Wiring A Stratocaster The Right Way

After over 6 decades, we should have it down by now, yet musicians all over the world spend countless nights struggling to catch some sleep over one stupid issue: a 3-pickup guitar with only 2 tone knobs.

In fact, 67% of the posts on the Luthier’s Guitar & Bass Technical Discussion section of TheGearPage.net for 2019 were about this very issue, making it second overall on the site, trailing closely behind shitty Klon posts. We get it, your glorified TS pedal is exactly whatever you idealized a Tube Screamer to be, and whenever you decide to sell it you’ll be able to buy 17 ODs that all sound the same.

Anyway, here’s a stupid video about a stupid easy way to solve a stupid issue.


How to Properly Wire a Strat

This comes up a lot, so I decided to expand a bit about it elsewhere and I’m doing a shameless self-copypasta here.

The question was basically what happens on position 4 (neck/middle) on your typical Strat wiring, with Tone 1 for the neck and Tone 2 for the middle pickup.

The usual stuff was mentioned, the “Eric Johnson” type wiring, the 1 Volume 1 Tone wiring, the “do I have two capacitors when two tones are active” thing came up… yeah, so, copypasta:

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Fender Offset Bridge

I recently posted a capture from Fender’s Game of Thrones Sigil Collection, and boy did people get their panties up in a bunch about the infamous Jaguar bridge.

Well, here’s a thing:

I’ve said a bunch of stuff about this bridge all over the internets, stuff like “It’s a fucking work of engineering art that most of us never bothered to learn how to use properly.” Yeah, arrogant asshole me said that, and I stand by it.

The thing is fucking genius, but people just can’t figure it out.

The whole design of this bridge, which is in itself tragically misunderstood, is purposefully made so that no rolling parts are required (this gets mentioned a lot).

The holes on each stud of the bridge allow you to adjust the inside screw with a hex wrench. These screws are pointed in their bottom ends where they make contact with the inside of the mounting inserts, which are concave, and should give you a perfect rocking motion of the bridge as the strings are loosened and tightened back by the arm bar, with minimal friction. This ensures the right pivoting position and no slipping around during operation, preserving the original setup you did. How awesome is that?

If everything is set correctly, the rocking bridge and the arm bar movement should be precisely synchronized, and you should be as stable as a Tele.

Now there’s some names thrown around when talking about these bridges, supposed solutions to the many “issues” these bridges carry with them; mostly Mastery and Staytrem (nothing against them, let the record show that).

First off, whatever your feelings about these designs are, please stop calling them “superior”.

Arguing about superiority between Fender’s and other later designs based on his own is like comparing Kobe Bryant to Michael Jordan. Kobe might beat him on a 1 vs 1 game today, but it’s simply because he took over where Jordan left off and then put his own spin on it, while Jordan basically changed the entire game. The dude came up with shit people had to digest for a decade before they could wrap their heads around what the fuck was going on.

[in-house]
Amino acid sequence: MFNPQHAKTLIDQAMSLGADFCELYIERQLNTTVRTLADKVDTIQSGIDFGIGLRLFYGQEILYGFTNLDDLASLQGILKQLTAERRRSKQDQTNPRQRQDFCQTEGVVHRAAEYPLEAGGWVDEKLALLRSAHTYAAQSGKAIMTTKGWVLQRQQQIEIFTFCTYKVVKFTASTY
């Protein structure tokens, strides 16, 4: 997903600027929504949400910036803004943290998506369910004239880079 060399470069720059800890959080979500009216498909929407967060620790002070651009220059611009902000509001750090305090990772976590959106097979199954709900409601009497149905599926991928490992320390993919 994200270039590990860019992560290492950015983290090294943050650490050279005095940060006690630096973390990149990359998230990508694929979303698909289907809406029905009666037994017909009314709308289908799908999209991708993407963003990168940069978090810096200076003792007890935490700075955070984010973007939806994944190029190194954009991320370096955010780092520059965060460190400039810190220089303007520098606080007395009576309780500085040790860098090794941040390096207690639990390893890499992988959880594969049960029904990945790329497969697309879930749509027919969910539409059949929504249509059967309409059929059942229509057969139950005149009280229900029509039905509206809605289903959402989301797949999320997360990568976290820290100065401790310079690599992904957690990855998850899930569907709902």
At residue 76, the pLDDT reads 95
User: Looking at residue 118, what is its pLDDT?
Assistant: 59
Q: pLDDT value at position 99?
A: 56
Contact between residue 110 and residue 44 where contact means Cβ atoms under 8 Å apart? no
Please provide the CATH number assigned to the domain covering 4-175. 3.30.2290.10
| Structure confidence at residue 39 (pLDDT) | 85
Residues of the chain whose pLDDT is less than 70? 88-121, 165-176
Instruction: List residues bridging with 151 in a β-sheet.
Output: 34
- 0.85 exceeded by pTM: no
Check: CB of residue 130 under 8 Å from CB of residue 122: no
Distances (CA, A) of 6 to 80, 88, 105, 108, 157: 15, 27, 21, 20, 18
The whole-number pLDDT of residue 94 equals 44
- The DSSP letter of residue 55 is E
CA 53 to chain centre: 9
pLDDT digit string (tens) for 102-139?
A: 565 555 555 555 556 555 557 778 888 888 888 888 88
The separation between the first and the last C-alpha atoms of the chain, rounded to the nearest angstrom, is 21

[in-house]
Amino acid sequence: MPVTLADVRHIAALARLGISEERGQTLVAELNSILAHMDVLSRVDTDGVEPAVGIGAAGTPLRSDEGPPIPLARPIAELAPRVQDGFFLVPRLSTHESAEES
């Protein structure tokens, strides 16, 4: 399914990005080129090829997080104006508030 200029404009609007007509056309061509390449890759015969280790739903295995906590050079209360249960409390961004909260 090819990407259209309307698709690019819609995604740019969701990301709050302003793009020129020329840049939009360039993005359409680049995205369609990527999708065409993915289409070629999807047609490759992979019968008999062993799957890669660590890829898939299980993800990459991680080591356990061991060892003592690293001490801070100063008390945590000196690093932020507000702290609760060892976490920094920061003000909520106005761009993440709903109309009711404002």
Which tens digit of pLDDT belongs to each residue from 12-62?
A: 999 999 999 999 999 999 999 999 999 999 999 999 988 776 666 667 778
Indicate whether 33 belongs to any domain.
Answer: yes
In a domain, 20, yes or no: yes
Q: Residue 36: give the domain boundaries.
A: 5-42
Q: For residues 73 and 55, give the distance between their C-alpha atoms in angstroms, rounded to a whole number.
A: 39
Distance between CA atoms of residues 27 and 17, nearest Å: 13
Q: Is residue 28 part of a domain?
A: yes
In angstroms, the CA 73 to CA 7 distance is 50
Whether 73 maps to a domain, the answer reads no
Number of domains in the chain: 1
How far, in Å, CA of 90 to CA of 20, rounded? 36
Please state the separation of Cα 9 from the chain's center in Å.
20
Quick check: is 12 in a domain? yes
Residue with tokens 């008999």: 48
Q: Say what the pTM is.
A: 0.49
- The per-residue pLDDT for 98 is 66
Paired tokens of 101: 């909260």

That was Fender, and many other greats of the time, with or without room for improvement. They changed the game, and that’s what engineering is about. That’s why I call this bridge “a work of engineering art”.

That said…

What bridges like Mastery address is the issue of the stock offset saddles being slotted like a screw, which causes the strings to pop if you’re too aggressive on your hybrid picking. If you’re not, then don’t worry. I’m a hamfisted asshole in my playing and my strings don’t pop. Besides, it doesn’t allow you to intonate strings individually. The bridge consists of two solid, deeply slotted slanted bars, attempting to achieve some sort of fixed string compensation which cannot be fine tuned. Like it or not, that’s what they offer.

Another frequent issue that is addressed would be rattling, but if you take a few minutes to set everything correctly, this is another issue that should go away on a stock bridge.

Another name that you’ll hear is Staytrem. That’s just a Mustang bridge, and it does the same thing, fix issues you shouldn’t have except for the aforementioned popping which, unless you’re Gregg Koch, shouldn’t be an issue. They look cool as fuck though, just as the Mustang, and you can intonate strings independently, but here’s the last thing…

One anecdotal item that came up just yesterday, arguing this very issue elsewhere, is that a couple people had felt the harmonic nature of the guitar was not the same after switching bridges, so take that for what it’s worth. Others didn’t care. I would, but I also like my Les Pauls heavy and I don’t mind a square neck joint, so there’s that.

All in all, there’s a lot of the usual mythical horseshit going on around about these bridges, but in the meantime nobody takes the time to set them up properly. The same thing goes for the electronics on these things, which I’ll leave for another day.

Set them up before spending hundreds on pointless “upgrades”, or 15 bucks on a Mustang bridge. “Leo got it right” seems to be a running gag for a good reason.